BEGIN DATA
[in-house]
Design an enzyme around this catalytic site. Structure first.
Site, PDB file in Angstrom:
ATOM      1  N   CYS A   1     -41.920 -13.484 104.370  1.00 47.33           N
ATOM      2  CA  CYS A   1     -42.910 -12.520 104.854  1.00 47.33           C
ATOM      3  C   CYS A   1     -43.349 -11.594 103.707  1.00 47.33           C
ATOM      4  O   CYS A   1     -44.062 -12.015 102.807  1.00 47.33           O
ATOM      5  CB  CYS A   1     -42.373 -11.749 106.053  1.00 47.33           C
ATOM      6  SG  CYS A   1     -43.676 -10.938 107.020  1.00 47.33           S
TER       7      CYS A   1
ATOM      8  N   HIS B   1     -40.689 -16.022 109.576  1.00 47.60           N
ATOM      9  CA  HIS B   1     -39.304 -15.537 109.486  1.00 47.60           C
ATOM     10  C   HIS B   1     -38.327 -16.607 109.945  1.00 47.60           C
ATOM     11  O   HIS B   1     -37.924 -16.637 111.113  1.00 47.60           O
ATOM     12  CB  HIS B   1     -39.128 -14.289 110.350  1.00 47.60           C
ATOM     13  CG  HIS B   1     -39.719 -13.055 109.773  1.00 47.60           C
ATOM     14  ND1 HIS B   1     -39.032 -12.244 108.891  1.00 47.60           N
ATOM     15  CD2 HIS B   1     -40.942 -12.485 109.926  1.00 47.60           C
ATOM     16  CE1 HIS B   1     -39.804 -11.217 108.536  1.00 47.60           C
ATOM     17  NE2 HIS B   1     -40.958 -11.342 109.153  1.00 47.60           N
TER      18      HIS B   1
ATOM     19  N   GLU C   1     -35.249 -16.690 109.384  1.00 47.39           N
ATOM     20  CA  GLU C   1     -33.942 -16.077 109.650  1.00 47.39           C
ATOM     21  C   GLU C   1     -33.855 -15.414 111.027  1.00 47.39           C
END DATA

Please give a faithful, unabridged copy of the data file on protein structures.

[in-house]
Design an enzyme around this catalytic site. Structure first.
Site, PDB file in Angstrom:
ATOM      1  N   CYS A   1     -41.920 -13.484 104.370  1.00 47.33           N
ATOM      2  CA  CYS A   1     -42.910 -12.520 104.854  1.00 47.33           C
ATOM      3  C   CYS A   1     -43.349 -11.594 103.707  1.00 47.33           C
ATOM      4  O   CYS A   1     -44.062 -12.015 102.807  1.00 47.33           O
ATOM      5  CB  CYS A   1     -42.373 -11.749 106.053  1.00 47.33           C
ATOM      6  SG  CYS A   1     -43.676 -10.938 107.020  1.00 47.33           S
TER       7      CYS A   1
ATOM      8  N   HIS B   1     -40.689 -16.022 109.576  1.00 47.60           N
ATOM      9  CA  HIS B   1     -39.304 -15.537 109.486  1.00 47.60           C
ATOM     10  C   HIS B   1     -38.327 -16.607 109.945  1.00 47.60           C
ATOM     11  O   HIS B   1     -37.924 -16.637 111.113  1.00 47.60           O
ATOM     12  CB  HIS B   1     -39.128 -14.289 110.350  1.00 47.60           C
ATOM     13  CG  HIS B   1     -39.719 -13.055 109.773  1.00 47.60           C
ATOM     14  ND1 HIS B   1     -39.032 -12.244 108.891  1.00 47.60           N
ATOM     15  CD2 HIS B   1     -40.942 -12.485 109.926  1.00 47.60           C
ATOM     16  CE1 HIS B   1     -39.804 -11.217 108.536  1.00 47.60           C
ATOM     17  NE2 HIS B   1     -40.958 -11.342 109.153  1.00 47.60           N
TER      18      HIS B   1
ATOM     19  N   GLU C   1     -35.249 -16.690 109.384  1.00 47.39           N
ATOM     20  CA  GLU C   1     -33.942 -16.077 109.650  1.00 47.39           C
ATOM     21  C   GLU C   1     -33.855 -15.414 111.027  1.00 47.39           C